Often mistakenly called ‘Koala bears’, koalas have recently been uplisted to Vulnerable on the IUCN Red List.
Koalas are marsupials, and are the only living species in their family, Phascolarctidae, wombats are their closest living relatives. As marsupials, they give birth to underdeveloped young that crawl into their mothers’ pouches, where they stay for the first six to seven months of their lives. Notoriously koalas eat almost exclusively leaves from Eucalyptus species, a very low energy food source. Because they get so little energy from their diet, koalas must limit energy use and sleep around 20 hours a day. The recent uplisting of the koala has led to its conservation attention being revaluated. They are threatened by a continued habitat destruction, fragmentation and modification, but also more unconventionally by infection by Chlamydia causing bacteria, and also the koala retrovirus, which may cause koala immune deficiency syndrome (KIDS). Introduced predators such as feral cats and dogs, human hunting and vehicle strikes, further endanger koalas.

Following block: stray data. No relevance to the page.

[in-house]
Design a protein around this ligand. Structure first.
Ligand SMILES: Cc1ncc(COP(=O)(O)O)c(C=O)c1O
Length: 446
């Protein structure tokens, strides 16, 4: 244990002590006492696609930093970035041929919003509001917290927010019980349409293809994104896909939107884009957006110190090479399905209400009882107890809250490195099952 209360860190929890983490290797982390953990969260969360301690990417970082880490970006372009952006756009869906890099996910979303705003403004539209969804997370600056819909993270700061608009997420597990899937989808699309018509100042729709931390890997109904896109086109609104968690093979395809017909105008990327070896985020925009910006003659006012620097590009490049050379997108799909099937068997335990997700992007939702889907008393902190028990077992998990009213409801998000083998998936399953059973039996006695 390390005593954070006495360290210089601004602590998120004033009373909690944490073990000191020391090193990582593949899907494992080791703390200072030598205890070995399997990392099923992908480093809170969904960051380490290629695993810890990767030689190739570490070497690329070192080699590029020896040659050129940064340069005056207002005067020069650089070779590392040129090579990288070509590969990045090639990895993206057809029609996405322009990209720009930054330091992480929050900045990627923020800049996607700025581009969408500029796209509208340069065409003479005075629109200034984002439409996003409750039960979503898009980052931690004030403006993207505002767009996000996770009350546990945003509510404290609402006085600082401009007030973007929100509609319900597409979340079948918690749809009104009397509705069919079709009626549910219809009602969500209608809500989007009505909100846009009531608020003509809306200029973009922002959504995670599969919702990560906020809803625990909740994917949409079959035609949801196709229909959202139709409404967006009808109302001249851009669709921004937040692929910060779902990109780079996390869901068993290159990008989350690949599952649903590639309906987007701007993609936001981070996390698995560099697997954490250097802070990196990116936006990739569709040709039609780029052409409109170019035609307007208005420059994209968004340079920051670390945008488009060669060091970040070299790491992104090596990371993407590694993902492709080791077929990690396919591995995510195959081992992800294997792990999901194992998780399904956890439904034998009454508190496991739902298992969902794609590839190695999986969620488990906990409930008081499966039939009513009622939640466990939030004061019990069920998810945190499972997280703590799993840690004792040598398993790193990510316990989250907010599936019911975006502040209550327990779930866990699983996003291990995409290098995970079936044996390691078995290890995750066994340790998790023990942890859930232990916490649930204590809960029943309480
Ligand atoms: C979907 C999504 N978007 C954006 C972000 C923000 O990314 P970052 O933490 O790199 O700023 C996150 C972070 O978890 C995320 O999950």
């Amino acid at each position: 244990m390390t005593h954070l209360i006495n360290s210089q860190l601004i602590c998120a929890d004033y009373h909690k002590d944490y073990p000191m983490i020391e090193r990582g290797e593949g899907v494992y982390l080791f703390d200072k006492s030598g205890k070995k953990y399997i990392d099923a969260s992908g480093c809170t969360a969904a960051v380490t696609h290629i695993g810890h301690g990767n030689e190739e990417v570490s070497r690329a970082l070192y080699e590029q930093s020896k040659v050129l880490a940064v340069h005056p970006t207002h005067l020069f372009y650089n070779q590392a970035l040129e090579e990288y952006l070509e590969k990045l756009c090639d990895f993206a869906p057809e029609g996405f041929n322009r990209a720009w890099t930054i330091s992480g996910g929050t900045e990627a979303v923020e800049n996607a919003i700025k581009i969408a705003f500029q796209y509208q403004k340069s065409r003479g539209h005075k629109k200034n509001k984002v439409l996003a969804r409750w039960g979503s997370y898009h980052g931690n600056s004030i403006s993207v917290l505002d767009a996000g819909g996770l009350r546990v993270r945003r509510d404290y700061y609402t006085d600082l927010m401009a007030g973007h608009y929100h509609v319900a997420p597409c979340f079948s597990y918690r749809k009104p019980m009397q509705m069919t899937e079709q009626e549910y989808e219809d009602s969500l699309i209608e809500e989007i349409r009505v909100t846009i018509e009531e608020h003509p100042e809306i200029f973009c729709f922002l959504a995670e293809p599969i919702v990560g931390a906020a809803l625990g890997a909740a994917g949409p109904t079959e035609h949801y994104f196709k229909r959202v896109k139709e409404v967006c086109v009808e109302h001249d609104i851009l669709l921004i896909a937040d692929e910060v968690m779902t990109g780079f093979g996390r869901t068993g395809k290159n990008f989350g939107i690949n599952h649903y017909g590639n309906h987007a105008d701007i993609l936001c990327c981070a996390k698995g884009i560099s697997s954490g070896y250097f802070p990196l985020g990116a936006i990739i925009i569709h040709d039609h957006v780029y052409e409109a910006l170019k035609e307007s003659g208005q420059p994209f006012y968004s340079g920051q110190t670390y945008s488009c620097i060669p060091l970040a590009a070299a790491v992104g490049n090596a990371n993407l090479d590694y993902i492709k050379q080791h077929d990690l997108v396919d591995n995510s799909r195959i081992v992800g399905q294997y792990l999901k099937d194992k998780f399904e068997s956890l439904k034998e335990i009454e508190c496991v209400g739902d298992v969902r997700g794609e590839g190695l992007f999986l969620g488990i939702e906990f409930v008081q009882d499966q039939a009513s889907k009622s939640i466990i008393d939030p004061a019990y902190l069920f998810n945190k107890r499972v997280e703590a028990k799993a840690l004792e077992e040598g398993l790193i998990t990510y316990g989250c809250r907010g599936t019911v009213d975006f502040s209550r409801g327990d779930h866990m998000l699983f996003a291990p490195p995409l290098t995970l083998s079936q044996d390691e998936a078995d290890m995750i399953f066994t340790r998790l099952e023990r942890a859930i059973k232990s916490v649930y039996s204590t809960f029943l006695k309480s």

- Order: Diprotodontia
- Family: Phascolarctidae
- Population: 100,000-500,000
- Trend: decreasing
- Size: 60-85 cm
- Weight: 4-15kg
The Koala is endemic to Australia, found in north eastern, central and south eastern Queensland, with patchy populations in western areas, eastern New South Wales, Victoria and south eastern South Australia.
Habitat and Ecology
Koalas’ inhabit forests and woodlands, typically dominated by eucalyptus species. They have a highly specialised diet, mostly limited to leaves of Eucalyptus species, though with occasional intake of leaves of other plants. At high population densities koalas can defoliate preferred tree species, causing tree death and subsequent koala population crash.